Francis Fukuyama’s The End of History and the Last Man has been widely regarded as a celebration of the triumph of the West.footnote1 Its message, on the accepted view, is that, with victory in the Cold War and the death of Communism, the Western way of life has emerged as the culmination of humanity’s historical evolution. As the end state towards which that evolution has been tending it represents a pattern of universal validity, a light to itself and to all non-Western societies still struggling in history. It will be argued here that this interpretation is wholly misconceived and, indeed, that it must be stood on its head to obtain the true meaning of the book. The distinctive core of what the West stands for, in Fukuyama’s view, is liberal democracy. What his book tells us is that this is itself a transitory historical form, the process of whose dissolution is already well advanced. It is a verdict inescapably grounded in the logic of the argument, in the fundamental tenets of the philosophy of history Fukuyama espouses. Thus, in the classic style of that subject, he arrives on the scene too late, when a way of life has grown old beyond hope of rejuvenation. There is a sharp irony in the fact that philosophy’s grey on grey should be taken in this case as an expression of maturity and vigour. Something is owed here to the complex perversity of the times, but something also, it must be admitted, to the strangely half-hearted, double-minded and inadequately self-conscious way in which Fukuyama has approached his task. All this constitutes, however, a reason not for abandoning the agenda he has set but for taking it onwards towards completion.

The thesis of Fukuyama’s book on the usual reading is that history has now come to an end with the definitive victory of what might be called capitalist democracy or democratic capitalism; that is, of the combination of capitalism and liberal democracy. Although this reading cannot be sustained it must be acknowledged to have some rather obvious textual support. For a preliminary view of the scene its support and then the evidence that tells just as plainly against it will be sketched. These conflicting indications fix the terms of the discussion that follows.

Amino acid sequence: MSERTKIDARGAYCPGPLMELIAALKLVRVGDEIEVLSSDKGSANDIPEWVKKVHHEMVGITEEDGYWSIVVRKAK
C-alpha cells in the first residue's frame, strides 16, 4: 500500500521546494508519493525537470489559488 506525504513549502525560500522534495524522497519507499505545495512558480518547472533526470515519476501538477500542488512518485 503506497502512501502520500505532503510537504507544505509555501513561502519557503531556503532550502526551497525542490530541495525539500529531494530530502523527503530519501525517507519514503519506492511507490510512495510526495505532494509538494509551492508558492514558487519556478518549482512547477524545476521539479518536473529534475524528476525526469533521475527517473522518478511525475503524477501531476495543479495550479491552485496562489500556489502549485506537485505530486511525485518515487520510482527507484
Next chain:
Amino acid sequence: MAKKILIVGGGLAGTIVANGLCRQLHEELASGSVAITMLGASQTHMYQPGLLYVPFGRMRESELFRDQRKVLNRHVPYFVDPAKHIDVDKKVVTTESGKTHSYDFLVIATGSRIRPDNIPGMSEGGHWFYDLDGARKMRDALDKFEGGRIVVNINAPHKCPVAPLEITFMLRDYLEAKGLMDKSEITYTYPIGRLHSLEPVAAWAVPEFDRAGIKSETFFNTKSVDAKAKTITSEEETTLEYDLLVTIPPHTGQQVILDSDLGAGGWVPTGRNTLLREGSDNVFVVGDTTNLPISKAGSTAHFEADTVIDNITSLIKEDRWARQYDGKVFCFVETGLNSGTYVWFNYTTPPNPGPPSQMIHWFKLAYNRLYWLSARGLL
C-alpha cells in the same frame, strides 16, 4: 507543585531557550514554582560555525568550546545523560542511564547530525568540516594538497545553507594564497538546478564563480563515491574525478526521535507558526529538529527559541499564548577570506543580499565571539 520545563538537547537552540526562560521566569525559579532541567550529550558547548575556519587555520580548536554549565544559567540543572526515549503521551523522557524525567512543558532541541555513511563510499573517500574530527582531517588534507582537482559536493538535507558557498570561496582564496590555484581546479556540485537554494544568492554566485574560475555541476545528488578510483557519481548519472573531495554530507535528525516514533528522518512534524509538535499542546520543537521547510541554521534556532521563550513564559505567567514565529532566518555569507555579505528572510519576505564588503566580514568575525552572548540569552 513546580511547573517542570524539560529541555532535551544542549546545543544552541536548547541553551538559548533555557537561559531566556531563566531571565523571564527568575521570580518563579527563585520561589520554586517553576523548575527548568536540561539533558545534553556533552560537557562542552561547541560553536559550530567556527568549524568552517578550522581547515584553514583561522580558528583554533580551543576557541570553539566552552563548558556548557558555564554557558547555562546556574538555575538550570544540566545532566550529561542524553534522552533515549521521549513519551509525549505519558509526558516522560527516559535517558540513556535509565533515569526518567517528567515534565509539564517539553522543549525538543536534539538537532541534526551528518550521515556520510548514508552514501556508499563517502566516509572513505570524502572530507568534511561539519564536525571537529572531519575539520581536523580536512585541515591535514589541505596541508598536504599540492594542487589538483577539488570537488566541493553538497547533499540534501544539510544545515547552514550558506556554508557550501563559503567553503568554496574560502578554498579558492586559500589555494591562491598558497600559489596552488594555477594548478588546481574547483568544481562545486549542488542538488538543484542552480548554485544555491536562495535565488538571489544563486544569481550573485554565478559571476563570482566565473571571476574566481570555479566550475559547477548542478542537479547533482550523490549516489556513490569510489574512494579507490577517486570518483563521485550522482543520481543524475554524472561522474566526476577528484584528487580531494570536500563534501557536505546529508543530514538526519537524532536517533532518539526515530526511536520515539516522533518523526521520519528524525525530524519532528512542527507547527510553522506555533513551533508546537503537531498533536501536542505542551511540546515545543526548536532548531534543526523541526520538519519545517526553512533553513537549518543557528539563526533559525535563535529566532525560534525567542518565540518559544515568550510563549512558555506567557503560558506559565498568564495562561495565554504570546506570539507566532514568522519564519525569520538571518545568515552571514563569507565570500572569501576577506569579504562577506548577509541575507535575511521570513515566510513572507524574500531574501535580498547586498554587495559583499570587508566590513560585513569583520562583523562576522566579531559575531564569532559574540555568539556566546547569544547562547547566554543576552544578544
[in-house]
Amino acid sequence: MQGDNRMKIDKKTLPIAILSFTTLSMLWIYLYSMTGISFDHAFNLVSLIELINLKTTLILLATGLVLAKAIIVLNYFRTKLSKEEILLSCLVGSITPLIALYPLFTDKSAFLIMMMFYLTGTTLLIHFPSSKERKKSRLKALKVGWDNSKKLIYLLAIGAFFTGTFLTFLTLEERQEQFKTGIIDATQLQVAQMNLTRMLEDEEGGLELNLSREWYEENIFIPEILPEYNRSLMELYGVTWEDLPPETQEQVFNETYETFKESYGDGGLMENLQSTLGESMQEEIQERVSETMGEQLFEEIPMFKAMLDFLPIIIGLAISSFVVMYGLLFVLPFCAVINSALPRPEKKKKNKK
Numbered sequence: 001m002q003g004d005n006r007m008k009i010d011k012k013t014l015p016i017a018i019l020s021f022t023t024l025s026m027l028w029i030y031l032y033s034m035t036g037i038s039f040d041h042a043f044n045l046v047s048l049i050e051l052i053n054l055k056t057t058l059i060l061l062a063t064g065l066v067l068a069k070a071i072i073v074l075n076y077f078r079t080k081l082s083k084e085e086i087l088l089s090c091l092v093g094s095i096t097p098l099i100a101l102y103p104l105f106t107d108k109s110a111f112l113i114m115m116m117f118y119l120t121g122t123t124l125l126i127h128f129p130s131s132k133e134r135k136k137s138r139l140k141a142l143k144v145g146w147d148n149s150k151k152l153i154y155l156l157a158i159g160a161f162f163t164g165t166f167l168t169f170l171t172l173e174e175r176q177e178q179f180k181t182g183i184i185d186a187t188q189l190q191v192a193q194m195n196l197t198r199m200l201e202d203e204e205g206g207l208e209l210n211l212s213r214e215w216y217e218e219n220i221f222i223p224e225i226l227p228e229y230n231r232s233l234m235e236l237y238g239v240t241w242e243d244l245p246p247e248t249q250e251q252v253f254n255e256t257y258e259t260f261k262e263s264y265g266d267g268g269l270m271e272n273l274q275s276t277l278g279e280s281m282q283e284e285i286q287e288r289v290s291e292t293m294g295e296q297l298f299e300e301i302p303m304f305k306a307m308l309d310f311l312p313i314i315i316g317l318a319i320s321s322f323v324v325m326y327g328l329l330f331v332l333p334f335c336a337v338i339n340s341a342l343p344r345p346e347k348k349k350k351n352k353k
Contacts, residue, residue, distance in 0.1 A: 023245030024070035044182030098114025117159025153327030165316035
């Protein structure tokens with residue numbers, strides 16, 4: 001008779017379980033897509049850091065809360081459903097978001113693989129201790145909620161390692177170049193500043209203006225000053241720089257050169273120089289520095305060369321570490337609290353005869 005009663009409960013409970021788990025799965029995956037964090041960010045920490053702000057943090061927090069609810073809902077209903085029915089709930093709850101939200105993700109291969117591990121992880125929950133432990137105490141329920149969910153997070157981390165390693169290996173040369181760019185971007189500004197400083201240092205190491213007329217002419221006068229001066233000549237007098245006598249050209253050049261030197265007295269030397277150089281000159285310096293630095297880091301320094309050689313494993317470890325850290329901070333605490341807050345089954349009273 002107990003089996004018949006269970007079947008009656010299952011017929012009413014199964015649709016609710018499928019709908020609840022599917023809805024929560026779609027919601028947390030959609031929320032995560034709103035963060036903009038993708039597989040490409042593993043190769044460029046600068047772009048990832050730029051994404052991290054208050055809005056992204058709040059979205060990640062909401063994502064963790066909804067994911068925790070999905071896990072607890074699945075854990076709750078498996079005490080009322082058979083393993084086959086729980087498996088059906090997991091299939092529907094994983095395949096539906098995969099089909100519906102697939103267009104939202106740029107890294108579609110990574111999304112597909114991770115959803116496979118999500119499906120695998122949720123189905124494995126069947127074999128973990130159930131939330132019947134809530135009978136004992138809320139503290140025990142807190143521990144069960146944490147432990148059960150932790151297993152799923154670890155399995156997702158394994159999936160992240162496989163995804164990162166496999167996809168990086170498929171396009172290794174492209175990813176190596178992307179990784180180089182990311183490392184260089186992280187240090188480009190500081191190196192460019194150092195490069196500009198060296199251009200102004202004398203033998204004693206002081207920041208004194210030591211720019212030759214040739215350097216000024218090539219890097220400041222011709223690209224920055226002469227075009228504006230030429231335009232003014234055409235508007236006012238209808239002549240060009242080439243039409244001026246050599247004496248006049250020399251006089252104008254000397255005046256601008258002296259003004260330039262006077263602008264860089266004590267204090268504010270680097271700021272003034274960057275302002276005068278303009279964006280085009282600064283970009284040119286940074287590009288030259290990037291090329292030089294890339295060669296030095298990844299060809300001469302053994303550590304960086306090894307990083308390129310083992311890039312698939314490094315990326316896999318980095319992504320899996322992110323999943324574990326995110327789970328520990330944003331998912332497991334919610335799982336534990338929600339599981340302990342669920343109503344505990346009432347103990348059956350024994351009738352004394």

In restating and defending an earlier version of Fukuyama’s position, he tells us that what he had suggested had come to an end was ‘not the occurrence of events, even large and grave events, but History: that is, history understood as a single, coherent, evolutionary process, when taking into account the experience of all peoples in all times’.footnote2 The process is one that ‘dictates a common evolutionary pattern for all human societies—in short, something like a Universal History of mankind in the direction of liberal democracy’.footnote3 Fukuyama is, quite generally, still more confident that it is an evolution in the direction of capitalism, an outcome ‘in some sense inevitable for advanced countries’.footnote4 Hence it is that ‘We who live in stable, long-standing liberal democracies . . . have trouble imagining a world that is radically better than our own, or a future that is not essentially democratic and capitalist’.footnote5 This inability to imagine alternatives is itself a large part of the substance of the belief that we in the contemporary West are living at the end of history. It seems clear that Fukuyama’s commitment to this belief is sufficiently well advertised as to explain and excuse what was referred to earlier as the usual reading of his book. Indeed, it is reasonable to speak in this connection of its official doctrine or, more strictly, of the first version of that doctrine.footnote6

The book also contains formulations which cannot be reconciled with this version or, indeed, with any end of history thesis. They seem to gain in urgency as it proceeds so that its final chapter is ready to suggest the following conclusion:

No regime—no ‘socio-economic system’—is able to satisfy all men in all places. This includes liberal democracy . . . Thus those who remain dissatisfied will always have the potential to restart history.footnote7

The last paragraph of the book points the moral by affirming that ‘the evidence available to us now’ concerning the direction in which the wagon train of history is wandering ‘must remain provisionally inconclusive’. Fukuyama takes leave of us on the following still more judicious and sombre note:

Nor can we in the final analysis know, provided a majority of the wagons eventually reach the same town, whether their occupants, having looked around a bit at their new surroundings, will not find them inadequate and set their eyes on a new and more distant journey.footnote8